11 And the Levites caused all the people to keep silence, saying, Hold your peace, for it is an holy day, and be not grieved.

12 And all the people went their way to eat and drink, and to give portions, and to rejoice with great joy, because they had understood the words which they had been taught.

13 The next day the heads of the fathers’ [houses] of all the people, the priests and the Levites, gathered themselves together to Ezra the scribe, to understand the words of the law.

14 And they found written in the law that the LORD had commanded by the hand of Moses, that the children of Israel should dwell in tabernacles in the feast of the seventh month;

15 And that they should make known, and send a proclamation throughout all their cities and Jerusalem, saying, Go out to the mountain, and bring olive branches, and branches of wild olive, and myrtle, and palm, and of every green tree, to make tabernacles, as it is written.

16 So the people went out, and brought boughs, and made tabernacles, every man upon his housetop, in their courts, in the courts of the house of God, in the street of the water gate, and in the street of the gate of Ephraim.

17 And all the congregation that returned from the captivity made tabernacles, and dwelt in tabernacles: for since the days of Joshua the son of Nun unto that day had not the children of Israel done so. And there was great joy.

18 And Ezra read in the book of the law of God every day from the first day until the last day; and they kept the feast solemnly seven days, and the eighth day was a solemn assembly, according to the ordinance.

Historical context of Nehemiah 8:10

To understand the biblical character of Nehemiah, his mission and also his work, it is necessary to know the historical context in which historical context the events he narrates took place and why the Lord urged him to do all that he did.

At that time, the Jews had returned to their homes in Jerusalem after their liberation by the Persian king Cyrus II the Great from the captivity they had been suffering for decades in Babylon.

This king was magnanimous to the Israelites and let them return to their beloved and sacred land; and also rebuild Jerusalem, which had been destroyed after the invasion of the Babylonian empire.

All this history should be placed around the 6th century B.C. The area was already a Roman province some 500 years before Jesus was born in Bethlehem, when the whole region was already a Roman province. In that century few civilizations had arisen in the world, Rome being a small city very different from the empire we all know.

Thus, the main events of world history at that time took place in the lands of the fertile crescent, where Assyria and Babylon were located; in Canaan where there was Jerusalem and other peoples such as the Phoenicians; and also in the Egypt of the Pharaohs.

The Bible gives many data of that time and explains all the hardships and glories that the Jews lived through; all of this is collected in the books of the Old Testament, which apart from this great historical value also have great spiritual value.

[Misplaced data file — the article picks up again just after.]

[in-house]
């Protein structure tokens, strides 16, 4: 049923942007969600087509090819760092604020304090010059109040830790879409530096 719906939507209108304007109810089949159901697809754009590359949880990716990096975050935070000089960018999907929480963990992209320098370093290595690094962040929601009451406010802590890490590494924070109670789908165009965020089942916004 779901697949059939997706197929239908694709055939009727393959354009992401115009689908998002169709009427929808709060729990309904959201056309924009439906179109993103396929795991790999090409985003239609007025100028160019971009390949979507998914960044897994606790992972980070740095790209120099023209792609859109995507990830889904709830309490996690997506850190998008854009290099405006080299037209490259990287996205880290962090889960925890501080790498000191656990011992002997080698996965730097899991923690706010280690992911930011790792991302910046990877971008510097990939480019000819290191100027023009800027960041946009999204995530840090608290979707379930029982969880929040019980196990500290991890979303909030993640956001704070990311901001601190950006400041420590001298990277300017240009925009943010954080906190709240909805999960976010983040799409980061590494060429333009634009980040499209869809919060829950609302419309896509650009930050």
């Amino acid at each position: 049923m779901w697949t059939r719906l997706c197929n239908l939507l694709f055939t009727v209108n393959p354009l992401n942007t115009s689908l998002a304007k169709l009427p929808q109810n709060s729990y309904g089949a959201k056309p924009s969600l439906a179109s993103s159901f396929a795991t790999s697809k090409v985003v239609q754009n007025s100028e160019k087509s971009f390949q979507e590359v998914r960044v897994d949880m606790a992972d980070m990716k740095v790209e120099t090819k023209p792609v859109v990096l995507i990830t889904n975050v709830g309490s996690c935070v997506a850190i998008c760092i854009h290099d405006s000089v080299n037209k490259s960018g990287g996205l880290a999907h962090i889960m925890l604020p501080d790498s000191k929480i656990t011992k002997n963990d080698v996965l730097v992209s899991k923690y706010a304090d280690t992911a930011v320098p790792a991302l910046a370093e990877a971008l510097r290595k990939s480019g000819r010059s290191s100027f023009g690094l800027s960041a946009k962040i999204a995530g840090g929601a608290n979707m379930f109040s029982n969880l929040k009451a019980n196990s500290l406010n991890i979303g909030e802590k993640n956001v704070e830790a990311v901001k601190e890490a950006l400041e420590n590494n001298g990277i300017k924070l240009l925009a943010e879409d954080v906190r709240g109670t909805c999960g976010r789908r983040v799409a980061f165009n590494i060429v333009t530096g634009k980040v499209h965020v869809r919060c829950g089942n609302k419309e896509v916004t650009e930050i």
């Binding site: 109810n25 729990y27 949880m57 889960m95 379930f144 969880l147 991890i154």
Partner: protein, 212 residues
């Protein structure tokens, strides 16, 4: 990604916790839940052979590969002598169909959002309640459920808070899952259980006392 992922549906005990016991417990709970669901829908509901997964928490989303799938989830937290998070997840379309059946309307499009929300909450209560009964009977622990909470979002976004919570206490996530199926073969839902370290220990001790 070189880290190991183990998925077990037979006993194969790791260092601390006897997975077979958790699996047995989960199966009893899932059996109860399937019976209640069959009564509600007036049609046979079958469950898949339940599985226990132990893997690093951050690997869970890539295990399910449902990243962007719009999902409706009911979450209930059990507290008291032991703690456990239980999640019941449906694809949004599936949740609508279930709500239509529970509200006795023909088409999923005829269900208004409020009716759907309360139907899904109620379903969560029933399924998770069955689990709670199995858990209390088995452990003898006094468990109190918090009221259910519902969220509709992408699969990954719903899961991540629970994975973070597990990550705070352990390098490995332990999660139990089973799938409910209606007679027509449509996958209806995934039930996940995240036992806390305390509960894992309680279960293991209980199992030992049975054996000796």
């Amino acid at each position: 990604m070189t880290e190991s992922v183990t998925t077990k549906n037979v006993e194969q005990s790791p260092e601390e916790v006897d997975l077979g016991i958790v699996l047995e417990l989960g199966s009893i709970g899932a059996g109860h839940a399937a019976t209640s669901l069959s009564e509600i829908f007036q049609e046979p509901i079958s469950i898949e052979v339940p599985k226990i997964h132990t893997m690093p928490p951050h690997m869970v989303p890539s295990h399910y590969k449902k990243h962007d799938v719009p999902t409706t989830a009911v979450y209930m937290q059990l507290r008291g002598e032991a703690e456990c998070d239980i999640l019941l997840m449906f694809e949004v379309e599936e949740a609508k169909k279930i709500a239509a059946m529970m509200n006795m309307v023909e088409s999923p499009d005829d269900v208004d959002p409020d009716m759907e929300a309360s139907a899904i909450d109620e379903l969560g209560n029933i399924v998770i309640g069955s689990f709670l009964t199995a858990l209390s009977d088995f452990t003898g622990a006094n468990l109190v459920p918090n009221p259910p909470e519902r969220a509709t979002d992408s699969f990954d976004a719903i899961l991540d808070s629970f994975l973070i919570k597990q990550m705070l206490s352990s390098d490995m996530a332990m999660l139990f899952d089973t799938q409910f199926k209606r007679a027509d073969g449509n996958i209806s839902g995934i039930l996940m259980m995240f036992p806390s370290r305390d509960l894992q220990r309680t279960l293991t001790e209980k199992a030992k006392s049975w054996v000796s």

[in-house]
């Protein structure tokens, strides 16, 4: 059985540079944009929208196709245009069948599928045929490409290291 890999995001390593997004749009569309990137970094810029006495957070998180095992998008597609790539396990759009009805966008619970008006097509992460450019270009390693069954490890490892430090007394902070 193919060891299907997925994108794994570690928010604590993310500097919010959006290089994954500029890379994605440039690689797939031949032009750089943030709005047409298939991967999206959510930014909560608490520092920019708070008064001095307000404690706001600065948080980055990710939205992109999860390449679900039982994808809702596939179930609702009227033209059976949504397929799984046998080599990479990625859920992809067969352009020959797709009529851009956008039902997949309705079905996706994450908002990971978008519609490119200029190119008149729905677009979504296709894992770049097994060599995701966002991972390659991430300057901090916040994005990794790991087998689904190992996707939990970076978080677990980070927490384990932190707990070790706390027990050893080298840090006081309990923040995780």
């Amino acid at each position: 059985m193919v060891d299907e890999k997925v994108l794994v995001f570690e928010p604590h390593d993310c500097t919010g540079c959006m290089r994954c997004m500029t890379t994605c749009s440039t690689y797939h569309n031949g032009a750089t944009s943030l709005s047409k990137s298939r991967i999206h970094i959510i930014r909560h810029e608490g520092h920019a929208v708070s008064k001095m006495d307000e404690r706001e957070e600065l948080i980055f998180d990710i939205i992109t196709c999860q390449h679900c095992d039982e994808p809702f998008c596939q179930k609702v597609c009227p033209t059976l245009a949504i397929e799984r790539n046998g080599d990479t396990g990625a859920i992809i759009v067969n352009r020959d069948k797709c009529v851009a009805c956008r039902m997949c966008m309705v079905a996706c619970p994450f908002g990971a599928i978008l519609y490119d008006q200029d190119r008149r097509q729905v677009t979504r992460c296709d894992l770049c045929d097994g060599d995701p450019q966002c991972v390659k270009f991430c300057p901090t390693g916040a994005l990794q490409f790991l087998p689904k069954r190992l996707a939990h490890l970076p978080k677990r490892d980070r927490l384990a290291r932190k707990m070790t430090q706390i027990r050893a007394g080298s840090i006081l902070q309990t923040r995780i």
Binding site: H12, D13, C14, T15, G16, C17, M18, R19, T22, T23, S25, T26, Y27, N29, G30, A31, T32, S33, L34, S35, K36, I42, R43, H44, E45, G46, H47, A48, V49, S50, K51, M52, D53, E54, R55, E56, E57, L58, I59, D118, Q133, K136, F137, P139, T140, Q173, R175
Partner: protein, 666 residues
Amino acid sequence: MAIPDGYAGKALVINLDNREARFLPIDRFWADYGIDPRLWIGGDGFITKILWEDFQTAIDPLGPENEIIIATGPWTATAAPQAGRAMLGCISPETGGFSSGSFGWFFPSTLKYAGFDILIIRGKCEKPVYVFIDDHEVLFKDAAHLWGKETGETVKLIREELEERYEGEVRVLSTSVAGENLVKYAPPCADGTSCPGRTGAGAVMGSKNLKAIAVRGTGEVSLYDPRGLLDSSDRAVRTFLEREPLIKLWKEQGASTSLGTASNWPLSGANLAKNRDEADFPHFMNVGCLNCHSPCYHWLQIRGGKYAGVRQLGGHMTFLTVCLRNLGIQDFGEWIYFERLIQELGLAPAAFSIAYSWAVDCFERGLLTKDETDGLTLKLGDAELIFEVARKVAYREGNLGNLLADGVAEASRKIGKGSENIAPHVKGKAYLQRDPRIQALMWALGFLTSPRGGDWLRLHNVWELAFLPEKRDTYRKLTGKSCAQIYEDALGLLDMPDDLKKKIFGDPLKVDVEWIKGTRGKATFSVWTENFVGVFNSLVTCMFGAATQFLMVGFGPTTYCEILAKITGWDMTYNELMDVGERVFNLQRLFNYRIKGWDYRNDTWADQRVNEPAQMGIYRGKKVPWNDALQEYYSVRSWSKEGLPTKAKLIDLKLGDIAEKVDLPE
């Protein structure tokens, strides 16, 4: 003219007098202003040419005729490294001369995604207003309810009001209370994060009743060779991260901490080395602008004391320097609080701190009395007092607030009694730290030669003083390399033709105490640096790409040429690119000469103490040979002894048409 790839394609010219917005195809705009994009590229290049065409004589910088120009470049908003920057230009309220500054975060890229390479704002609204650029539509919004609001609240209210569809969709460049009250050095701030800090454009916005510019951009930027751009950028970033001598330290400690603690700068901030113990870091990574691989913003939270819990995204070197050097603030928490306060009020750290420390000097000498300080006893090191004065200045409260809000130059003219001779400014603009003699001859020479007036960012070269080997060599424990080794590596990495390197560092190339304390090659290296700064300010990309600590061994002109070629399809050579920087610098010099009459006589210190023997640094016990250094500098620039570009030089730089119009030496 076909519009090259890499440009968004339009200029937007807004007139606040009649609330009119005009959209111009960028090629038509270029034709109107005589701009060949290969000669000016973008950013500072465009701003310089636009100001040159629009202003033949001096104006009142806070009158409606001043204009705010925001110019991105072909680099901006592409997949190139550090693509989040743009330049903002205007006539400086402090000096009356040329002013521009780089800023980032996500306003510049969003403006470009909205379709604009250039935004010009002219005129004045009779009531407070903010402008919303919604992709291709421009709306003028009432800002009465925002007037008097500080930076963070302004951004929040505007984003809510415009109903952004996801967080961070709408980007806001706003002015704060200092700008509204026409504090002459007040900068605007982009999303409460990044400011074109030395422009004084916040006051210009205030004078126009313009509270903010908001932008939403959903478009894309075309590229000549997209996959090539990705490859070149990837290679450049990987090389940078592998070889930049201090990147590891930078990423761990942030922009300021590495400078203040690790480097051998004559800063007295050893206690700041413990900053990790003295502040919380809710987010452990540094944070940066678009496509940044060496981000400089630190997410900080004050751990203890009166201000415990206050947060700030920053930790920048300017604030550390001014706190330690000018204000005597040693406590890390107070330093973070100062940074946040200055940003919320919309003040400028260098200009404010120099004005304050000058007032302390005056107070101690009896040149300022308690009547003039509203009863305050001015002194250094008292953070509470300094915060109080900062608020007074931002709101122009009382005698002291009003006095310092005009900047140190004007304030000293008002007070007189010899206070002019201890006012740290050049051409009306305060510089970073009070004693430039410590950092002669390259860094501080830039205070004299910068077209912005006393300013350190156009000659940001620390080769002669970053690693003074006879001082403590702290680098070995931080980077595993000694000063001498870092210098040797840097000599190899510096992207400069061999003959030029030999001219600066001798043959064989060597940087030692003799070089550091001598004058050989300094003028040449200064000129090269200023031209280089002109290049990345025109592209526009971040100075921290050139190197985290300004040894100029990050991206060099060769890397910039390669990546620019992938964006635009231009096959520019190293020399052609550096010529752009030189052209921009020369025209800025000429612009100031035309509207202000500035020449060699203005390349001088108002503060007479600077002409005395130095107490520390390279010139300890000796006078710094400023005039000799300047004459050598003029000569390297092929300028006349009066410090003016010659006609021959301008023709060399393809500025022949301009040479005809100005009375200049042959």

Who was Ezra-Nehemiah in the Bible?

Books of Ezra-Nehemiah Summary: A Complete Animated Overview

Now that you know his context, you will be able to understand much better who Nehemiah was and his importance in our religion.

In the return of the Jews to Jerusalem, two characters were the most important that we know of: Ezra and Nehemiah. Both have their own book in the Old Testament narrating their actions.

The first was a priest who dedicated himself to making the religious reforms necessary for his people to recover their faith and thus reestablish the law that Moses received at the top of Mount Sinai in the Exodus and that had been quite forgotten by many.

Nehemiah, on the other hand, was a governor of the region who felt the need to go there given the disastrous state of Jerusalem and the lack of success of Ezra’s reforms.

So Nehemiah set about making further social reforms, always in accordance with those that Ezra had already made, and he also rebuilt the walls of the great city of the great city, although it was by no means an easy task.

It also continued with religious reforms of Ezra and, as you can see in this chapter, he attempted to institute the Lord’s Day, the Sabbath Jewish Sabbath, which later became the Christian Sunday for us.

However, all these changes clashed with the inhabitants who had remained in Jerusalem while the others went into exile, and on numerous occasions they boycotted them or minimized the effect of their reforms.

Book of Nehemiah

Nehemiah’s entire life and reforms are recorded in the Old Testament Book of Nehemiah, which you will find after Ezra in the final part of this volume.

It is a memoir written by Nehemiah himself, relating everything that was happening in his life and with a part in which Ezra reads the Law of Moses to the people, between chapters 8 and 12 and, therefore, where we find today’s verse.

Since it was a book written at the end of his life and by his own hand, it is granted a high reliability in all that is told; for it is not a book by a later author who has adapted a story to his pleasure.

In addition, Ezra and Nehemiah formerly formed a single volume, given the obvious links between the two biblical characters. If you want to know his story well, we recommend you read both books in a row, and you will understand much better what happened.

And that concludes today’s article! We hope you now understand more about why we need the Lord’s day and the importance of sharing His love with others. See you in the next article!